The analysis in the detailed working paper includes marginal cost for a nuclear plant in Figure 6; this marginal cost consists of the sum of EIA estimates of nuclear power plant fuel and variable O&M costs.

    The use of these costs in the working paper suggests that “marginal costs” is used to refer to short-run marginal cost (SRMC).

    Fuel costs for a batch refueling light water reactor like SONGS should not be considered as a component of (SRMC). Fuel cost is fixed at or before nuclear fuel is loaded and the refueling outage schedule (i.e., between refueling) does not change as a result of small differences in output over the 12-24 month operating cycle. Under the classic definition of SRMC (a small change in output for a short time – 1 MW for one hour, for example), fuel costs for such a batch-refueling nuclear power plant will not change.

    A typical regulatory approach to recovering nuclear fuel cost is to amortize the total cost of fuel loaded over the expected output of the nuclear power plant in the future operating period. This provides an estimate of nuclear fuel cost per MWh, with a future true-up if the estimated output is lower or higher than actual output. This regulatory amortization approach does not, despite the $/MWh units, reflect marginal nuclear fuel costs.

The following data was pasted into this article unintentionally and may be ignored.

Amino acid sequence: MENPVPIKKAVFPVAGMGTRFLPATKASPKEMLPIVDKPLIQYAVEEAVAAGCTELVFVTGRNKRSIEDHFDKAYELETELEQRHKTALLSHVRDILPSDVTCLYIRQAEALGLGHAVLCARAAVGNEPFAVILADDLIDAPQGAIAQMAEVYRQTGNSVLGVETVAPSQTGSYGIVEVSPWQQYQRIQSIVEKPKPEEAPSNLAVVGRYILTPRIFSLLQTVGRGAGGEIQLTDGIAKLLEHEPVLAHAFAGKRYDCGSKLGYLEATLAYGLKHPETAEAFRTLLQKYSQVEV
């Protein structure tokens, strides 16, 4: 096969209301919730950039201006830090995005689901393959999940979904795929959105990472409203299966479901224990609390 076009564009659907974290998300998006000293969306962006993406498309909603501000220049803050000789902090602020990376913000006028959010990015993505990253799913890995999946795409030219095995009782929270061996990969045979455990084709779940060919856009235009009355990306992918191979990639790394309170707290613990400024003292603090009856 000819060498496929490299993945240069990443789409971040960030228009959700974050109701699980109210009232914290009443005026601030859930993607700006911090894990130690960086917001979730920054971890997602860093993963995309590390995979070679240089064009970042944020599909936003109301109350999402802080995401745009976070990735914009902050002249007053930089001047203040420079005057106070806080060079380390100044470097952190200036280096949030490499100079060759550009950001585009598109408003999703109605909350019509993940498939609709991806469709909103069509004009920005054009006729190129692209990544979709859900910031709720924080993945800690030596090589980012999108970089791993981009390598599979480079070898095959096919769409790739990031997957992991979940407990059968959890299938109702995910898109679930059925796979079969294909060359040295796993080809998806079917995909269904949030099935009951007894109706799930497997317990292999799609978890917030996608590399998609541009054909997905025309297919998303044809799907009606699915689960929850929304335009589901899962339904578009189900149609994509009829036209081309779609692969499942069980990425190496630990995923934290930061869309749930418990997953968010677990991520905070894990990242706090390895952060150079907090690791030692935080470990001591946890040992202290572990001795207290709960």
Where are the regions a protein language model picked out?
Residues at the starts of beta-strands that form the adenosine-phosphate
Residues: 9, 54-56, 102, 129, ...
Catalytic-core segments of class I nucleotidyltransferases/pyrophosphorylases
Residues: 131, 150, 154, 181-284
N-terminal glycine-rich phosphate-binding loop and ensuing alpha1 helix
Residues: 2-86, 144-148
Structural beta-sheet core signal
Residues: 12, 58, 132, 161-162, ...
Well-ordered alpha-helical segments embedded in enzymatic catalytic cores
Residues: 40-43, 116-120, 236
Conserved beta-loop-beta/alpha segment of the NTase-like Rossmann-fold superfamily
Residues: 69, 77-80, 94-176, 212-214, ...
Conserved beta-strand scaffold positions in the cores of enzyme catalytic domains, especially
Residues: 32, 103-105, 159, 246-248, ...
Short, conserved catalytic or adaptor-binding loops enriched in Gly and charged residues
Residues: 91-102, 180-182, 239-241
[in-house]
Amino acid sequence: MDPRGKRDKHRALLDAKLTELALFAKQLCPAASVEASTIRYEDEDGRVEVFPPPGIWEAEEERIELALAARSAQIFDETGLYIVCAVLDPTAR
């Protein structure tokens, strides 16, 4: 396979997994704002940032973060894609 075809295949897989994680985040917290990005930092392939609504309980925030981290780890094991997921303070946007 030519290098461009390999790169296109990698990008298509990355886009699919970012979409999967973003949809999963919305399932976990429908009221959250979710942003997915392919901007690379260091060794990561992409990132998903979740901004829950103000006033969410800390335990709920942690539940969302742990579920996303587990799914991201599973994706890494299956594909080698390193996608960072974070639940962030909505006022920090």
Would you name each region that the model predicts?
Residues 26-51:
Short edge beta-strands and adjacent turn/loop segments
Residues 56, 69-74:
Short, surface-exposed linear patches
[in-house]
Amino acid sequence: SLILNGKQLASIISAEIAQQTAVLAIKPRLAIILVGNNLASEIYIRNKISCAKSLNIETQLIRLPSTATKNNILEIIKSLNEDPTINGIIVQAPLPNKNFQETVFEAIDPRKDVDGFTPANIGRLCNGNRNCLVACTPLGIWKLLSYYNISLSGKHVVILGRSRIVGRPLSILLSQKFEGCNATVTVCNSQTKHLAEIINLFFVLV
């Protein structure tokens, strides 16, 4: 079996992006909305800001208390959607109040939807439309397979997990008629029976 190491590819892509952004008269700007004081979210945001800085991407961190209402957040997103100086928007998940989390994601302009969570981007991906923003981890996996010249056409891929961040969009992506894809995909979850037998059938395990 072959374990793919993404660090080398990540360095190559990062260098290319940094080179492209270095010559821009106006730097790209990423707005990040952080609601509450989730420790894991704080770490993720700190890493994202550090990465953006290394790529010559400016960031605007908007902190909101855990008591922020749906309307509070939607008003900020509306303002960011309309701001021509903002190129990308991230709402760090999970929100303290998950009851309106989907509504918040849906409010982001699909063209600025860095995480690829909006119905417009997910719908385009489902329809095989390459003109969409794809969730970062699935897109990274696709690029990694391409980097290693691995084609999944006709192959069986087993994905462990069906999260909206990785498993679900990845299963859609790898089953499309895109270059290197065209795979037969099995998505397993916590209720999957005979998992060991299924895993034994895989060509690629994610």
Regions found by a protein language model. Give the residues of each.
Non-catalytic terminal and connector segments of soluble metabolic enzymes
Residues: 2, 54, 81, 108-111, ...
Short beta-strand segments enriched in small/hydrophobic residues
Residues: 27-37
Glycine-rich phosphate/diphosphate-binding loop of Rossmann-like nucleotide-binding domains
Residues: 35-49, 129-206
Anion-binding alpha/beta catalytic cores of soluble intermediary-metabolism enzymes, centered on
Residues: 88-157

It is less clear whether “variable” O&M costs are a part of SRMC.

    • Catie Hausman says:

      Thanks for the comment – very interesting. As you point out, available estimates of variable costs (in your example, nuclear fuel, but also operations and maintenance) do not always match the economist’s definition of a marginal cost. For our calculations, this distinction for fuel costs shouldn’t matter. First, because we assume that nuclear runs all the time except for refueling outages – that is, we’re not allowing nuclear to ramp up and down. And second, because we’re using the cost number to calculate the increase in generation costs over twelve months. So we’re not using the fuel costs to calculate a marginal change in generation within one hour, for instance.

  3. Bill Henry says:

    I haven’t read the paper yet, perhaps you considered one of the N-S import constraints that was eased by the CAISO in September 2013.

    The SCE branch group % import constraint was in place before 1998, and the CAISO kept enforcing it. In Sept, there was a decision made that the constraint didn’t make sense anymore – to the objection of some generators in southern California – and stopped enforcing it. It would be interesting to take a close look at price separation N to S before and after.